Project Title: Public Outreach Radio Telescope
Team 21039 Members:
Bridget Norman, systems engineering
Lizbeth Martinez, mechanical engineering
Jared Northrup, mechanical engineering
Carrie Stoll, electrical and computer engineering
Mason Varuso, optical sciences and engineering
Shengrui Zhang, electrical and computer engineering
Sponsor: UA Department of Astronomy & Steward Observatory
Team 21039 is going to great lengths to design a radio telescope, or a telescope that studies radio frequencies rather than light. The telescope, which will sit atop Steward Observatory, is based on existing hardware from a 1997 project known as the “Student Radio Telescope.” It will allow faculty, students and community members to study celestial objects like the sun and moon, and to analyze smaller or more distant objects in the future.
The student team has faced and overcome many obstacles – such as drafting more than 200 designs and checking dozens of pieces of existing hardware to see what needed to be replaced.
But Mason Varuso, a senior in optical sciences and engineering, said the biggest challenge was finding a 20-year-old computer password to access files about the original 1997 telescope.
“It took weeks of searching, but we finally found it on a yellowed piece of paper hidden under a stack of hundreds of other papers on a shelf eight feet off the ground,” he said.
Lessons in Real World Engineering
Bridget Norman, systems engineering student and team leader, acknowledged the complexity of the project, including timing of deliverables and working within a budget. She split the team in two to tackle the challenge – one focused on mechanical and optical designs and one focused on computer and electrical designs. She has learned to facilitate communication to keep everyone on the same page.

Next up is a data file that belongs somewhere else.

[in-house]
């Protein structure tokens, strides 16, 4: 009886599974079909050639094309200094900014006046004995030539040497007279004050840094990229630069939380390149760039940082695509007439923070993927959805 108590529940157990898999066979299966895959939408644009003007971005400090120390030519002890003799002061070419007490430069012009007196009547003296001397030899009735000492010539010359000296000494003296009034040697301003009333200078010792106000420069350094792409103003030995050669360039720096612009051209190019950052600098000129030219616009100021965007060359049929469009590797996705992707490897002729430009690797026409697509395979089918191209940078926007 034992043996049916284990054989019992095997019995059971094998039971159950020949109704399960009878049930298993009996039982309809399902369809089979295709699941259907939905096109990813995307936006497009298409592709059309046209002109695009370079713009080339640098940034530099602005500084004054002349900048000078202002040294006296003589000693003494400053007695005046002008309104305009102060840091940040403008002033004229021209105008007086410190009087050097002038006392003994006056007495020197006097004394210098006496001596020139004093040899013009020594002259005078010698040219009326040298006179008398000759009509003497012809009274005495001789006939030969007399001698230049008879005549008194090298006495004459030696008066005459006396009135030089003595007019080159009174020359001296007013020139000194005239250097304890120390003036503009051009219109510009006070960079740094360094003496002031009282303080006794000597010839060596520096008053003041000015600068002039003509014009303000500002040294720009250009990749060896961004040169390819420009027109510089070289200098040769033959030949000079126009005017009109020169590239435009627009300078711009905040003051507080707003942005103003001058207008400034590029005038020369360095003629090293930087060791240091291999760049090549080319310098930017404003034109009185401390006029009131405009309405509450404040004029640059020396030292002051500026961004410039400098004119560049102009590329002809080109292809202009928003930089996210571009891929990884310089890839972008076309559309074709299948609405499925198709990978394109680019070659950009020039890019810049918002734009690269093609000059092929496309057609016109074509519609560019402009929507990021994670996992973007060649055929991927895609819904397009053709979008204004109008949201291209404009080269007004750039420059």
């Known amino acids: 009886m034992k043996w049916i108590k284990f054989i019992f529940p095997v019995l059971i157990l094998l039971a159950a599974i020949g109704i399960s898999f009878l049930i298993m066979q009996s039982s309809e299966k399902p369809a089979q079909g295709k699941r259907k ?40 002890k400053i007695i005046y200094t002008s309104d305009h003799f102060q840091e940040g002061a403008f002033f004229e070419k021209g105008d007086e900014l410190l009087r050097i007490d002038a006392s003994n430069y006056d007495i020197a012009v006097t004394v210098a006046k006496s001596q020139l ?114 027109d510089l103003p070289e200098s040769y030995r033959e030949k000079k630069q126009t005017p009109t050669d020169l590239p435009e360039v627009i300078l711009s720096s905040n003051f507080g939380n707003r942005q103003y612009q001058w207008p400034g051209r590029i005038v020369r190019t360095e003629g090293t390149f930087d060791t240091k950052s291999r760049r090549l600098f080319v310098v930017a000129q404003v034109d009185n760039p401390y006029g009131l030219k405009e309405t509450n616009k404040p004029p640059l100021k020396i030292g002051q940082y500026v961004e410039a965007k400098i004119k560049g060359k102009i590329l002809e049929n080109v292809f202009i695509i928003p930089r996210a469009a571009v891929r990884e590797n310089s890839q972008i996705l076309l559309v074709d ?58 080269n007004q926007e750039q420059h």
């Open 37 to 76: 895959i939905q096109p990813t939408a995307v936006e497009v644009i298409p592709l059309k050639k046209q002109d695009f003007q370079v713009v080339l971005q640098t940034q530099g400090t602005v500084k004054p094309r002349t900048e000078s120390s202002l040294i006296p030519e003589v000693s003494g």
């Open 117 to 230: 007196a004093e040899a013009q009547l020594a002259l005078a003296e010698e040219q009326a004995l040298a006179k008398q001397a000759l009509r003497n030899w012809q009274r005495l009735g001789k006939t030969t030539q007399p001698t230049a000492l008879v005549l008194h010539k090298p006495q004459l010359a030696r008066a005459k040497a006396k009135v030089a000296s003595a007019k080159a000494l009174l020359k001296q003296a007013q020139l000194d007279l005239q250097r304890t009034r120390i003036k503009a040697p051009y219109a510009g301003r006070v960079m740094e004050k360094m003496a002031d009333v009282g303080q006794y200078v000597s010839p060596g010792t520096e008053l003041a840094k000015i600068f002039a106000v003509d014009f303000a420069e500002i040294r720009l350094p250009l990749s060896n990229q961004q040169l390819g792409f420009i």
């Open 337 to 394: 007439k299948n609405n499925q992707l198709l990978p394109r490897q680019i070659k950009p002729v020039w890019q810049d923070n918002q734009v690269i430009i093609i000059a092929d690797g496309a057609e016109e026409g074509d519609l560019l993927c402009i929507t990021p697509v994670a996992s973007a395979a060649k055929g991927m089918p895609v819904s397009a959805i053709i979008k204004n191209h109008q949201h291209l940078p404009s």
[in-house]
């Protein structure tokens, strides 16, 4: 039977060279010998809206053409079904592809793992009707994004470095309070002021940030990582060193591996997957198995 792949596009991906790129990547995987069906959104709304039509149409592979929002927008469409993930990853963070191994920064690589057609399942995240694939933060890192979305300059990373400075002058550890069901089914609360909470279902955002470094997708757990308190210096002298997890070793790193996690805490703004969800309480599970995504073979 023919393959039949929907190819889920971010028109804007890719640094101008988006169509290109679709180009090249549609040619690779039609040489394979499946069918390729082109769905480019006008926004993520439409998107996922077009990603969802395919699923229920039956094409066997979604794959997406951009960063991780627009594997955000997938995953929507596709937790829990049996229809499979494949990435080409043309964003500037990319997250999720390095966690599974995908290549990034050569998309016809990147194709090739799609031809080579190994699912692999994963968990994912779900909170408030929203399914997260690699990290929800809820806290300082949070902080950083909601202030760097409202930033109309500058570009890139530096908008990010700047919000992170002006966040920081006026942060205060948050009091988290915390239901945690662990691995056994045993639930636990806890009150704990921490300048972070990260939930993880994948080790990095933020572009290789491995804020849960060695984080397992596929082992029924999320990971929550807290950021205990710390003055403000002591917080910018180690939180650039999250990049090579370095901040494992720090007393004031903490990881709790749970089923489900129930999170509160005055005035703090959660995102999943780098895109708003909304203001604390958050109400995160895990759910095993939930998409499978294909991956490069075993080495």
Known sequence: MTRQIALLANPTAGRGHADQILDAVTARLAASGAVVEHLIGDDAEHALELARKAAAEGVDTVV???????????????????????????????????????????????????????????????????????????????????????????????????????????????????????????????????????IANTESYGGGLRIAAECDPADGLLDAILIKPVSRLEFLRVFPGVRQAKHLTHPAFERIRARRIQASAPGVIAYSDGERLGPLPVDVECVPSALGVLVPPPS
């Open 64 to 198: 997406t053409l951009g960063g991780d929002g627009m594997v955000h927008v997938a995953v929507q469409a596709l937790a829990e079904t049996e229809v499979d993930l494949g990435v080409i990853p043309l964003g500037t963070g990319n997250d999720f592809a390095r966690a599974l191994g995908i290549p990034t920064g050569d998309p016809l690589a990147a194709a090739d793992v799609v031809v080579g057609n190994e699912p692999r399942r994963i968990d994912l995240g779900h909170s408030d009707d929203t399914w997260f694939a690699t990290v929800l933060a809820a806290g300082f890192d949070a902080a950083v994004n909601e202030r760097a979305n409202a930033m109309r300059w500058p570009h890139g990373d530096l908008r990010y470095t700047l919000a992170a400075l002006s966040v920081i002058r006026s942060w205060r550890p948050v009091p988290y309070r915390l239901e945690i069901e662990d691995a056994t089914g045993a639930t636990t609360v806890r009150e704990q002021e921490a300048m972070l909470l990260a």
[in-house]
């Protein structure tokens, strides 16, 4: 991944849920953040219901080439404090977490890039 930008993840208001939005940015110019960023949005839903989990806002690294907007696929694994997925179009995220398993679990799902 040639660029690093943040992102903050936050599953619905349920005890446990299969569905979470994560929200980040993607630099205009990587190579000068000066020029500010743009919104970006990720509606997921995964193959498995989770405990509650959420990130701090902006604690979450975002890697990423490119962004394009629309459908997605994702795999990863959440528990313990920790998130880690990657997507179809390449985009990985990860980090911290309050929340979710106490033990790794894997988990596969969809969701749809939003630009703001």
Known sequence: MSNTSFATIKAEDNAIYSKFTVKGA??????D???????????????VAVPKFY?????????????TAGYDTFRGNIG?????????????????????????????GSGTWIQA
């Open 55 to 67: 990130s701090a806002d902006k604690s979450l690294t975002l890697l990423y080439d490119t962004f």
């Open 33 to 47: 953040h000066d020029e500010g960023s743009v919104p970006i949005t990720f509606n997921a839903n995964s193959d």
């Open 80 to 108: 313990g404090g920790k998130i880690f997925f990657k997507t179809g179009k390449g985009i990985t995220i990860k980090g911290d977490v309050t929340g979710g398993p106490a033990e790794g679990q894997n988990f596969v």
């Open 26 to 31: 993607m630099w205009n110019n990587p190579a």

“This team has been one of the best groups I have ever worked with,” she said. “Everyone has gone above and beyond putting in many more hours than expected for the capstone, since we are all eager to complete our goal of building an awesome radio telescope.”
A Commitment to STEM and the Community
The student team focused on solid design, safety and ease of use. Students configured the graphical user interface so that the user need only input coordinates to point the radio telescope in the right direction. They hope easy use will encourage people in the local community to learn about radio astronomy, which is not as well-known as observational astronomy and optical telescopes.
“This will be a cool asset for the university and community and hopefully increase public interest in radio astronomy, STEM and space sciences” said Varuso.
The final telescope design is 15 feet tall and weighs more than 1000 pounds. Now the team is on debugging and improving the performance of the electrical system, while also getting quotes from fabricators. School won’t be in session long enough for them to install the telescope, so others at Steward will take over that job.
Students Match Professional Benchmarks
Justin James Hyatt, senior research associate for Steward Observatory and the team’s mentor, has been impressed with their tenacity. He said that when they originally completed the design to meet safety standards, the dish design was too heavy. But they just kept moving forward with a redesign to reduce the dish width from 3 meters to 2.4 meters.
“I am working on a similar project of larger scale with a German engineering company, and the capstone team has shown that they are on par with professionals,” said Hyatt.